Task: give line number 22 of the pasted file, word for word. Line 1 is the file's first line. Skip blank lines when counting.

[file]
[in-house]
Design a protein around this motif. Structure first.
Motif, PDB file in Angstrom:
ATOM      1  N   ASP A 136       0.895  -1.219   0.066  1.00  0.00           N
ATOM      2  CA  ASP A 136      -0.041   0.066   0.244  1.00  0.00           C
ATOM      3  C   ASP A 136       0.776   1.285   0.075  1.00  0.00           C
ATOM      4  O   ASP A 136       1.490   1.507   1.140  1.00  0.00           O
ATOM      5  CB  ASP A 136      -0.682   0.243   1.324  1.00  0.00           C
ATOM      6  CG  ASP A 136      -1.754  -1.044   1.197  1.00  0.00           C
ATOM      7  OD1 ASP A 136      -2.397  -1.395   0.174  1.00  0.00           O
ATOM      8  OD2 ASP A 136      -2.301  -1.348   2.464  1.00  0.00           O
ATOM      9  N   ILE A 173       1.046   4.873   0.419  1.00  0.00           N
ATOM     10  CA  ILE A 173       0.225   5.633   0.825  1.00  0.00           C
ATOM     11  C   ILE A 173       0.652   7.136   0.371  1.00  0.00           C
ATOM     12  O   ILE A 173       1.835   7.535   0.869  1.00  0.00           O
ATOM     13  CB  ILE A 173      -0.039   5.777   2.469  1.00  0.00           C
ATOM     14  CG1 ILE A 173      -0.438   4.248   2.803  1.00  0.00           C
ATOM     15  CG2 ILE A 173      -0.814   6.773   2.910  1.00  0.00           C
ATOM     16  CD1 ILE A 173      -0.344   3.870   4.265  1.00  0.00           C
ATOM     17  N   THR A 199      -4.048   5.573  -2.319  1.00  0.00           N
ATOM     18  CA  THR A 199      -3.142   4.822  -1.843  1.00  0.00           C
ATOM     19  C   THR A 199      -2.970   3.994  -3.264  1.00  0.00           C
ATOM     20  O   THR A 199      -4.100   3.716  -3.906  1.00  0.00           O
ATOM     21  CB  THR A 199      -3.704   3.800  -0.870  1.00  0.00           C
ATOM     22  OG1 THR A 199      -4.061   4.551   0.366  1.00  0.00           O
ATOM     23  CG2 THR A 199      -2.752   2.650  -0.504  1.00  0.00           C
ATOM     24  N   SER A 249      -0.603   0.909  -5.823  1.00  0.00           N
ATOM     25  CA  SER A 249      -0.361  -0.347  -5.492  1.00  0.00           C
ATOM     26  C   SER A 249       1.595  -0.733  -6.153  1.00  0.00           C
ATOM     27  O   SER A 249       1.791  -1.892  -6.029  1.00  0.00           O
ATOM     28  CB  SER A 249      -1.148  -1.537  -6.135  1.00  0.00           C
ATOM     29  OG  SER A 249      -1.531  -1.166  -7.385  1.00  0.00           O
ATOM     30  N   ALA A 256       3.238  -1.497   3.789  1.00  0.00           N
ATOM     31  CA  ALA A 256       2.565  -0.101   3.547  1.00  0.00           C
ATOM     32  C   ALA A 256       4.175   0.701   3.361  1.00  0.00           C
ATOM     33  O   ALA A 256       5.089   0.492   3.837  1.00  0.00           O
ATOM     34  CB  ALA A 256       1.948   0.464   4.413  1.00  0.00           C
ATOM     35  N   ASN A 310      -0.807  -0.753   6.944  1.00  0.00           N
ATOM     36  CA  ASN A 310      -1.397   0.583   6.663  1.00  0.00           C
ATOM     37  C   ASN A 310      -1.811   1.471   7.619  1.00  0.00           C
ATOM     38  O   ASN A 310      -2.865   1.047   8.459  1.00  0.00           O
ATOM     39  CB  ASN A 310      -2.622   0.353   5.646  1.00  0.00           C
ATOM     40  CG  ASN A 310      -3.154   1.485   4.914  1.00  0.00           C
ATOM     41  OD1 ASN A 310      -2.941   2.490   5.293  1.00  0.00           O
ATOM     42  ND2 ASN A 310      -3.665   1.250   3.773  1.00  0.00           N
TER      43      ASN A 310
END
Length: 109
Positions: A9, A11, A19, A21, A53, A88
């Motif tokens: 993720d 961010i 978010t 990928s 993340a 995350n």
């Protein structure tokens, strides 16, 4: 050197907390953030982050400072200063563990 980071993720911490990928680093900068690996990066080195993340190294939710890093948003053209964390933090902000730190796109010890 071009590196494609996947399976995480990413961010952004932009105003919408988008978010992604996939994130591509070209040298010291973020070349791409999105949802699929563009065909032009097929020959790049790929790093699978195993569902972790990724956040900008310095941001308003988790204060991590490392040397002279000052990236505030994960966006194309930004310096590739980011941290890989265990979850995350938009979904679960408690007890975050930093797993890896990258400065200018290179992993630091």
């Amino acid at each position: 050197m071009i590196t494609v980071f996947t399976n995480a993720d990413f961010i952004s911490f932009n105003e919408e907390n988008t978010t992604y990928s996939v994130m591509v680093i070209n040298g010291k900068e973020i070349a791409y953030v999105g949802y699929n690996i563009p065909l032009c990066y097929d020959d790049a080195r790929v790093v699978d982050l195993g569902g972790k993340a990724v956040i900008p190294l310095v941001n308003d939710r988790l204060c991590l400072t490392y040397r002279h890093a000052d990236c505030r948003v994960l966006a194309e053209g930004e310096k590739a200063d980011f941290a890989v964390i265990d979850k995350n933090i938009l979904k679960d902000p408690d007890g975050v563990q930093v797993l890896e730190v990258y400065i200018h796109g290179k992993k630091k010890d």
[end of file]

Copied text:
ATOM     19  C   THR A 199      -2.970   3.994  -3.264  1.00  0.00           C